Silbury Hill is a huge artificial mound in southern England, about 130 feet high and covering five acres. Europe's largest artificial mound, it may have been built by the makers of Stonehenge...but they definitely weren't the last to use it.
Many ancient cultures built giant earthen mounds as centerpieces for their cities and settlements. For instance, The Mississippian culture, North America's most powerful civilization before European contact, built several huge mounds in city-states that stretched from what is now Louisiana to Minnesota, at its height rivaling the power of the Mayan city-states to the south.
While these ancient North American cities were sometimes home to more than a hundred such mounds, Silbury Hill is pretty much on its own, a lone mound near the prehistoric British settlement of Avebury, which includes the Avebury Henge, stone circles and avenues, and elaborate raised graves known as barrows. The entire Avebury area is about 20 miles away from the more famous Stonehenge, and both date to roughly 5,000 years ago.
Although it's generally overshadowed by Stonehenge, Silbury Hill is just as remarkable an achievement, a completely artificial clay mound about as big as a mid-sized Egyptian pyramid. But unlike Stonehenge, it appears Silbury Hill was not a singular structure, but rather one built and modified over countless generations, including a complete reimagining of its purpose by Anglo-Saxons some 4,000 years after it was first built.
Archaeologist Jim Leary believes the older narratives of the mound's construction, which speak of three stages of building, are woefully incomplete. Instead, he says there are at least 15 distinct phases of construction between about 2,400 and 2,300 BCE. He also says this solves the mystery of why the mound was built in the first place. He believes these ancient builders were never really concerned with what it looked like or what purpose it might serve other than as a thing to build in and of itself:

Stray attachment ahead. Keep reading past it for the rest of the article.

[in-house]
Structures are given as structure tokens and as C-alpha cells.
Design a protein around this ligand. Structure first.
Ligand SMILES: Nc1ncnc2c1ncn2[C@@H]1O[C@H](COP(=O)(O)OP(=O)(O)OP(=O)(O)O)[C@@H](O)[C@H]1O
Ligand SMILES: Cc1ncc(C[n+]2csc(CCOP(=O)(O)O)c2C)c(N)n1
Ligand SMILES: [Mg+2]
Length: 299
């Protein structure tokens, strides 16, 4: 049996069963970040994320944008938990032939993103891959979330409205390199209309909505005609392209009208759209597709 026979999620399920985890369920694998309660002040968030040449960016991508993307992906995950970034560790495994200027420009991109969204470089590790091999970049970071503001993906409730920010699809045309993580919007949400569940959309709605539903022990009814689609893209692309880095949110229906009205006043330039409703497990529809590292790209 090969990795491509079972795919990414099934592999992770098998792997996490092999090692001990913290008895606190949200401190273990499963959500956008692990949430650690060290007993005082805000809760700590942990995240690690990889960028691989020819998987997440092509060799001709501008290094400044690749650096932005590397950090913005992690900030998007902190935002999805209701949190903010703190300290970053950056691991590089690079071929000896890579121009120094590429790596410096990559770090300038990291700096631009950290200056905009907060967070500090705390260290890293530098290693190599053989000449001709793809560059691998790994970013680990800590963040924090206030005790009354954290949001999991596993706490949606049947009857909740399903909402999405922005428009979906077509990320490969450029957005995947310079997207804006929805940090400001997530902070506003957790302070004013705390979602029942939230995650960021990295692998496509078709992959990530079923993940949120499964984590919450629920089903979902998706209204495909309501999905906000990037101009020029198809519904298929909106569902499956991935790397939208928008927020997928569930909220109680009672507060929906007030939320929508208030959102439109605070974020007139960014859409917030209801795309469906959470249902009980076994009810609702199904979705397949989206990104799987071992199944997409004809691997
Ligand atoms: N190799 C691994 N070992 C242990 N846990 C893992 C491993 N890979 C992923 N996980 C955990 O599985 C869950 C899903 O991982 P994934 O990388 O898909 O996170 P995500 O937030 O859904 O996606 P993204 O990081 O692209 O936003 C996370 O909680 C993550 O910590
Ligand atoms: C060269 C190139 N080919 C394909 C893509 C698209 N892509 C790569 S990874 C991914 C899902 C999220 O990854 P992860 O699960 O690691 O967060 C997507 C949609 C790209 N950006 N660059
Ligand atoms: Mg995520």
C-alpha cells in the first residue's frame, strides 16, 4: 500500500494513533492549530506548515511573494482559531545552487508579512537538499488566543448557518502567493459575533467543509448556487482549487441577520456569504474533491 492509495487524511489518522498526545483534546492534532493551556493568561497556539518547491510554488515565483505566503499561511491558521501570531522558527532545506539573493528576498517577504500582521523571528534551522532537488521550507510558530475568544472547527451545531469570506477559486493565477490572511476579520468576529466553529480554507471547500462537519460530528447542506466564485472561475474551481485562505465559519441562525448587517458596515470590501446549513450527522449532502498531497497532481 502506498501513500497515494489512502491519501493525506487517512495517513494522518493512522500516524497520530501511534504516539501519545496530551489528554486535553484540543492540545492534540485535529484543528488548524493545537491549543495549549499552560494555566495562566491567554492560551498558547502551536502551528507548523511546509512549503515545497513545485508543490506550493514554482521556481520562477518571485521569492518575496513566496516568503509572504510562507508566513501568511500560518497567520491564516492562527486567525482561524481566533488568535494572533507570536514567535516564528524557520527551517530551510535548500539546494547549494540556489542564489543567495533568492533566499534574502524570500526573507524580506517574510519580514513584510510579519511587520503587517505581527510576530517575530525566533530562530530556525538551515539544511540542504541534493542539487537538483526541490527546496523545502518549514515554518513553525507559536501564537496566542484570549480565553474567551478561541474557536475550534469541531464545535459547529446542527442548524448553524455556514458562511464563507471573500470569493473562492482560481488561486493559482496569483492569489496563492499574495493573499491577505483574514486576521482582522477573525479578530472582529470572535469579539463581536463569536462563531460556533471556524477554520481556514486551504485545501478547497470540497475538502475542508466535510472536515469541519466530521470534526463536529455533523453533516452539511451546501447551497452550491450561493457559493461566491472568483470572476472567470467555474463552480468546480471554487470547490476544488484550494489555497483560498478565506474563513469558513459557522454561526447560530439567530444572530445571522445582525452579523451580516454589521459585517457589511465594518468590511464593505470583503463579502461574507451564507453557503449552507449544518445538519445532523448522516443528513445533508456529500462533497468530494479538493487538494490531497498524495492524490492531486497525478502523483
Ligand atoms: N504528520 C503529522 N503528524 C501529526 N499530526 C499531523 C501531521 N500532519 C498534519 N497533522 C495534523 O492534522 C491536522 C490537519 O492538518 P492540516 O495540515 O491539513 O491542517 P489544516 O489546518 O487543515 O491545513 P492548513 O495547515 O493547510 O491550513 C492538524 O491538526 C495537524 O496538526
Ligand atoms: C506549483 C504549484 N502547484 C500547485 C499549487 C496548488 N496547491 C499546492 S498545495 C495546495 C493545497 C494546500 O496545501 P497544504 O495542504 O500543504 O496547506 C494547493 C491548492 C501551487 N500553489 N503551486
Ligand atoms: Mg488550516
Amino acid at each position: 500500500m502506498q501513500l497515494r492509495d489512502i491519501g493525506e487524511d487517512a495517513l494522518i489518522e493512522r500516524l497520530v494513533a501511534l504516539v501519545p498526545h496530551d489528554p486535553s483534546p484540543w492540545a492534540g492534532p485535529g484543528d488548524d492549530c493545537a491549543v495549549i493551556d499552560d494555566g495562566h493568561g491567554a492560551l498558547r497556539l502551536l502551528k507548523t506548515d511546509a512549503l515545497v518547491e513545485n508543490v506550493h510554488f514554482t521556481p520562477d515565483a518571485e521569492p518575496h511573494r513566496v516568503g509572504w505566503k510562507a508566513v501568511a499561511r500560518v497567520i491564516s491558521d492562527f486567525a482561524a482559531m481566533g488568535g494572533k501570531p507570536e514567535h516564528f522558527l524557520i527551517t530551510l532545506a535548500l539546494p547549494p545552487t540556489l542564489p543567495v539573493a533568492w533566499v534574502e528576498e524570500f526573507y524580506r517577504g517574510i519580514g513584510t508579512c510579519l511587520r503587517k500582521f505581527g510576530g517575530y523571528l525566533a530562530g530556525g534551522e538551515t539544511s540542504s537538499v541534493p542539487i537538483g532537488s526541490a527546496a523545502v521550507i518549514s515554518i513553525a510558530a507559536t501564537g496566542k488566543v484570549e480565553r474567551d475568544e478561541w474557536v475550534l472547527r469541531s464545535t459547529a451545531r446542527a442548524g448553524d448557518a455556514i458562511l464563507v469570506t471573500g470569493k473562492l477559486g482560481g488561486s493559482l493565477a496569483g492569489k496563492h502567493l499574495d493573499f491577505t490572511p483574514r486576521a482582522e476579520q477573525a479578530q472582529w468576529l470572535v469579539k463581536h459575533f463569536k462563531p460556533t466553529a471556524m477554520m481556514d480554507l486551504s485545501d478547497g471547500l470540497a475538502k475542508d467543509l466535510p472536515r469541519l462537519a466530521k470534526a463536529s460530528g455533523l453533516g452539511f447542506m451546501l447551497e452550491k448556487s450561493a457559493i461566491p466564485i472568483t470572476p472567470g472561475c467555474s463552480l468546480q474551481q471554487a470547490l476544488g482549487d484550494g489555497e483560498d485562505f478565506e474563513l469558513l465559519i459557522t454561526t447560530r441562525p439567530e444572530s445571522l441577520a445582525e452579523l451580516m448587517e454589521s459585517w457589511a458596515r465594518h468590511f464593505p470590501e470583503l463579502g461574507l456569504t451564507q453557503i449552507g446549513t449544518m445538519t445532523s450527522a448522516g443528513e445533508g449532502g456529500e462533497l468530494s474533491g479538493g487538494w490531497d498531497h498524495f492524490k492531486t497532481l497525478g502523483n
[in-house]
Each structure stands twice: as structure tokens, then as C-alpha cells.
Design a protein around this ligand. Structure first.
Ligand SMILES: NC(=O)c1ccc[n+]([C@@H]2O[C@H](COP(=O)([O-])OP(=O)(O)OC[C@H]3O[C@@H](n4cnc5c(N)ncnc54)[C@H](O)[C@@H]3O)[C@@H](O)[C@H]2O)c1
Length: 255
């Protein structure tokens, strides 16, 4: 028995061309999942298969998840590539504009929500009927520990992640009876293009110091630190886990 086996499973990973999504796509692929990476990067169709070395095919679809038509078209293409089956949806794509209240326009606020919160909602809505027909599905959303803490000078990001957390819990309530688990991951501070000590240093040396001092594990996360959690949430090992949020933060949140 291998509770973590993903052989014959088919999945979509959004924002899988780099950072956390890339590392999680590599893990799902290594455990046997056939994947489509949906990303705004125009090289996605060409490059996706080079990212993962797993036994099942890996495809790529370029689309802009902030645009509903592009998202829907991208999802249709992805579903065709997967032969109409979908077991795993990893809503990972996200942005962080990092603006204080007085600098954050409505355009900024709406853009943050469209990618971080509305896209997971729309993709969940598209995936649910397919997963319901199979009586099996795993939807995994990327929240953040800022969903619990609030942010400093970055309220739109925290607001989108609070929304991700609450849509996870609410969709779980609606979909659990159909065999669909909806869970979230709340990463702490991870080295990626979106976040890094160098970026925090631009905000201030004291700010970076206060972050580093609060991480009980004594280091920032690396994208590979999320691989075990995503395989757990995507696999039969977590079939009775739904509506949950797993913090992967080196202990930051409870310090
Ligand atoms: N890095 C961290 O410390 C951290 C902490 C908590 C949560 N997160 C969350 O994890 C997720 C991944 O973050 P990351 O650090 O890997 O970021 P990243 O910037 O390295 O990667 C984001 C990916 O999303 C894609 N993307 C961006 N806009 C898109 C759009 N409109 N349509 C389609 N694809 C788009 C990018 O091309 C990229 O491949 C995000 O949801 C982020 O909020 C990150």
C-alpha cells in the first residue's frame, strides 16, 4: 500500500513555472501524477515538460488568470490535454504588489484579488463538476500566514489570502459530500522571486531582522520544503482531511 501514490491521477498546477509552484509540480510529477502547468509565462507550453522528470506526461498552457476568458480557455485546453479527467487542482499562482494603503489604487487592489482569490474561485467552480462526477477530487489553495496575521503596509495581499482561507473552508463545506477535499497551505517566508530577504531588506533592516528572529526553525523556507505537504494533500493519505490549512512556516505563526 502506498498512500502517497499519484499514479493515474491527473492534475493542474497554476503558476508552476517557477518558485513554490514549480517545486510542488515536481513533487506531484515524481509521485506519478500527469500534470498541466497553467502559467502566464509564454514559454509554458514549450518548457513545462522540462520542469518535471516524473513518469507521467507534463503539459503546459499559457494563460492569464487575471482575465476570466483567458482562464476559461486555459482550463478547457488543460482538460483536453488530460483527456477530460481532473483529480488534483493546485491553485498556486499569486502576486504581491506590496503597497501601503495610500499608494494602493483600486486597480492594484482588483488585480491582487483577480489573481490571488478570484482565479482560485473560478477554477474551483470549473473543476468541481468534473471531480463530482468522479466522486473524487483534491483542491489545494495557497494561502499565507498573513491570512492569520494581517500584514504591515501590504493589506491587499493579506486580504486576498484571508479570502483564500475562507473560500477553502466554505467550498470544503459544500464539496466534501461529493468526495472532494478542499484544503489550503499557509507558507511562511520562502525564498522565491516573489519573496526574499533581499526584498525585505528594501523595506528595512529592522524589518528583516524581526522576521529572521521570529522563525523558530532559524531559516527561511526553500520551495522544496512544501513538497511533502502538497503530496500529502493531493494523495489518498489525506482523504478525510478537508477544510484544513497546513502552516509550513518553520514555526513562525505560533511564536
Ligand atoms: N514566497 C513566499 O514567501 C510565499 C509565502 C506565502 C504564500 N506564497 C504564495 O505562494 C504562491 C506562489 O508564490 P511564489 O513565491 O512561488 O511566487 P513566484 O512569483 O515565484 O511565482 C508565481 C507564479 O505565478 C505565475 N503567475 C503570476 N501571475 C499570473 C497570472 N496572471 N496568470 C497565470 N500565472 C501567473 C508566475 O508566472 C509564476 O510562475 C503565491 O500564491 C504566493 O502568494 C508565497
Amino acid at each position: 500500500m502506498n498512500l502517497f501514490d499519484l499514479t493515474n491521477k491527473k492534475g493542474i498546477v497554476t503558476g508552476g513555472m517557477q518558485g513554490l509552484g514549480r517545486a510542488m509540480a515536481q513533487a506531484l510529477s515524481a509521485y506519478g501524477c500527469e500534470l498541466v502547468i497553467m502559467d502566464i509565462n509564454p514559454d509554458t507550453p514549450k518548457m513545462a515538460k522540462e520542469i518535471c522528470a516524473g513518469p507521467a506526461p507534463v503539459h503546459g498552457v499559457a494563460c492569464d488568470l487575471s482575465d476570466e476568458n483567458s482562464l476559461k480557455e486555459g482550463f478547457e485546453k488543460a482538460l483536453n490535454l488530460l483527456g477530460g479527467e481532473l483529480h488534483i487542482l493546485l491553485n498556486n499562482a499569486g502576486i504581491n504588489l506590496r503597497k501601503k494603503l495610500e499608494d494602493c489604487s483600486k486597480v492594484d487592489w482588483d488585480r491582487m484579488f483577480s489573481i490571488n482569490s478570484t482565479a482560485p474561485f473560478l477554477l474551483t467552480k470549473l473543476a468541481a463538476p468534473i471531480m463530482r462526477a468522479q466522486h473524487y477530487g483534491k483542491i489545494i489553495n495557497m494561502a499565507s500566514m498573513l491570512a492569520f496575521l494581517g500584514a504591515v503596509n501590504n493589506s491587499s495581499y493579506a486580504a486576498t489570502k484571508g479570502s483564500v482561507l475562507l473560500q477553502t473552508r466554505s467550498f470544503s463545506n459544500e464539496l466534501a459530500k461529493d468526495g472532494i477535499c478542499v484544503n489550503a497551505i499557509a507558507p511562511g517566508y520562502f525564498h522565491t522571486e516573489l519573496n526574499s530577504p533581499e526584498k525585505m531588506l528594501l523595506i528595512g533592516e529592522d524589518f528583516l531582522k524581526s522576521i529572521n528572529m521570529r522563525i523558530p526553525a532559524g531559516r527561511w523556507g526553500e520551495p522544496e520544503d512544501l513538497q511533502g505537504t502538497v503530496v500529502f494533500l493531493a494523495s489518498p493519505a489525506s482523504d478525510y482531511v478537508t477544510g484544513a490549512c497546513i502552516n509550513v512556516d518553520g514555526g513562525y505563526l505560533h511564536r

"The received wisdom was the hill was constructed as a single construct. We had this idea that there was a blueprint. What was the most remarkable thing about us going into the tunnel was that it wasn't a single construction. It was actually made up of lots of tiny phases. It seems as if the hill developed organically and the strangest thing is that this hasn't always been a hill. The first phases of it were a bank and ditch enclosure, much like a henge monument."
Its original builders probably only had antlers that they had modified into basic picks. As Leary points out, those who started work on the structure could not know what the finished mound would look like three generations down the road, or even how big it would eventually be. That, he says, is a big departure from the older narrative, which sees the mound as a more deliberately made structure.
Whatever the original intentions of its Neolithic builders, the Anglo-Saxons were able to make great use of it in the Medieval period, around the year 1,000. Leary says there's clear evidence of modifications from this relatively recent period that turned Silbury Hill into a defensive structure, most likely in response to Viking invasions that could make use of a nearby Roman road. The clash of cultures here is a bit dizzying - Anglo-Saxons relied on Neolithic monuments to fend off Norse invaders who were assisted by abandoned Roman technology.
Today, Silbury Hill is, along with Stonehenge, part of the UNESCO World Heritage site rather unimaginatively dubbed Stonehenge, Avebury and Associated Sites. Leary's new book, The Story of Silbury Hill, comes out at the end of the year.